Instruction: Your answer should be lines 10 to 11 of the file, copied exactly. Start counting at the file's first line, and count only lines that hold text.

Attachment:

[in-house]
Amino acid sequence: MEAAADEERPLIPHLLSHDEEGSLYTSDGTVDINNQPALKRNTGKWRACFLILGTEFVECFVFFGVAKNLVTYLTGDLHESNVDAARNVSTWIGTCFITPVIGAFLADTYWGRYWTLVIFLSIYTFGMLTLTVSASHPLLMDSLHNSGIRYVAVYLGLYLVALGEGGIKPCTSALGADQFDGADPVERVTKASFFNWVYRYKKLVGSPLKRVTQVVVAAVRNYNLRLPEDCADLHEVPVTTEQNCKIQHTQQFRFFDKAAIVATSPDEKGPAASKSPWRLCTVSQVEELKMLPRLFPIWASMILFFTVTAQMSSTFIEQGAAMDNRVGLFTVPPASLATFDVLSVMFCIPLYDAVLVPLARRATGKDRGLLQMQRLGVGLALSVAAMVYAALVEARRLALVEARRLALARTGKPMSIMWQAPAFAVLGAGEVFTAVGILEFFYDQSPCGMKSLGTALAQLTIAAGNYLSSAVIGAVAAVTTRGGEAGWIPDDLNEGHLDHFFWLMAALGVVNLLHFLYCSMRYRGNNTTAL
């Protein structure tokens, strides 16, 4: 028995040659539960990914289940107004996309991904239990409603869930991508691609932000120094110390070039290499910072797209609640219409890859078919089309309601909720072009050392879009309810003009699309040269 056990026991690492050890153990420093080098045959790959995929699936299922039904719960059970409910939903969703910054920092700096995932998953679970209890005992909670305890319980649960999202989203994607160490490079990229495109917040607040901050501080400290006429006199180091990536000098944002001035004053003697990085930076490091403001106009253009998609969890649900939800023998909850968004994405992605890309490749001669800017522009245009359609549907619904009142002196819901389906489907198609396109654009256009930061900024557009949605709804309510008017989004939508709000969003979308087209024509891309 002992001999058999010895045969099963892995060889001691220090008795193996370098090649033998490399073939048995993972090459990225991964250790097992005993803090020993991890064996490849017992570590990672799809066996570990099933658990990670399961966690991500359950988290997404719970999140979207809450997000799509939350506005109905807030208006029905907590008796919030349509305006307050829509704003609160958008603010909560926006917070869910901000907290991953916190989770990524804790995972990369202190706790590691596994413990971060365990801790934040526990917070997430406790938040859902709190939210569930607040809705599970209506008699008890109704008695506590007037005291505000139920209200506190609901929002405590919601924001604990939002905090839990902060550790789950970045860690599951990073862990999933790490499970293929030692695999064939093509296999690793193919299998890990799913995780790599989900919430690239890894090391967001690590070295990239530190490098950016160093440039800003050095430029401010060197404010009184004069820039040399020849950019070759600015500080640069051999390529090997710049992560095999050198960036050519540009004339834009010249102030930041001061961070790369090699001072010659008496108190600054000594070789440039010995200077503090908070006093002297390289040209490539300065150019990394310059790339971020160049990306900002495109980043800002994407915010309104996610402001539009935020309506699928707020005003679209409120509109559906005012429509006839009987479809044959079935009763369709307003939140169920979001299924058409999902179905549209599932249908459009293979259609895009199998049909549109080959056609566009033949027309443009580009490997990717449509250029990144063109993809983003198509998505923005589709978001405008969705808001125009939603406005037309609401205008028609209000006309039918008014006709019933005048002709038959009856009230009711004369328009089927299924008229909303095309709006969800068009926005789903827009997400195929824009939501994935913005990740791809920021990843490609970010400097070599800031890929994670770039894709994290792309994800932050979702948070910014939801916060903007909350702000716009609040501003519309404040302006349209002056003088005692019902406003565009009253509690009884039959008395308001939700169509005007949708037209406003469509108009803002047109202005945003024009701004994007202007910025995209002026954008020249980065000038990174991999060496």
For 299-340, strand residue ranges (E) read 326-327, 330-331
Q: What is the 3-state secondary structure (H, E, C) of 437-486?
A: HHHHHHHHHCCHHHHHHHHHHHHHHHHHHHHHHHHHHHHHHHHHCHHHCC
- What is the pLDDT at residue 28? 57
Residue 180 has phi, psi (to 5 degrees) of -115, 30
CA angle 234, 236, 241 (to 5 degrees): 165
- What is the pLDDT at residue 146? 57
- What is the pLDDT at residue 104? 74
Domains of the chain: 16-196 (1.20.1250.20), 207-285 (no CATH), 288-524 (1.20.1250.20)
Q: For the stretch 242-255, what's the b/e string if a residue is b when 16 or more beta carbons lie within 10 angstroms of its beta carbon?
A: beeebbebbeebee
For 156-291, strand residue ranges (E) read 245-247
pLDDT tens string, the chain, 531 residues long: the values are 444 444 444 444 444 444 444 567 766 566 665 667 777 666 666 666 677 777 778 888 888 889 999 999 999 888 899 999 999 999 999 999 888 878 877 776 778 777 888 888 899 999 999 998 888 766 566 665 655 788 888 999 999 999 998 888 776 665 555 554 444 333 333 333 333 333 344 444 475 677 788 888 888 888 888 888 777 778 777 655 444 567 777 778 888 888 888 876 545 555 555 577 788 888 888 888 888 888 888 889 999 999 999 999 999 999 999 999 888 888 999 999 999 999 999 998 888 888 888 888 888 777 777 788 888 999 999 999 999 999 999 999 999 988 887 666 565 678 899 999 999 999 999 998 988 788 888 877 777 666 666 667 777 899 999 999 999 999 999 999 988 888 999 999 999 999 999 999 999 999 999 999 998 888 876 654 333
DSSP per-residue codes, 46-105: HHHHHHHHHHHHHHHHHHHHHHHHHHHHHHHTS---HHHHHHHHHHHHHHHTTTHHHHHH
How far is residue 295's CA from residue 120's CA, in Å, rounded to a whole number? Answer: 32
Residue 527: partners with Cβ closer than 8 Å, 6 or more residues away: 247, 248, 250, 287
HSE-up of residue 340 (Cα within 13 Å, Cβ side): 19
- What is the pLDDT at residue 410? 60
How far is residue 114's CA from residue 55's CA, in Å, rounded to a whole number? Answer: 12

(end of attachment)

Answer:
- What is the pLDDT at residue 146? 57
- What is the pLDDT at residue 104? 74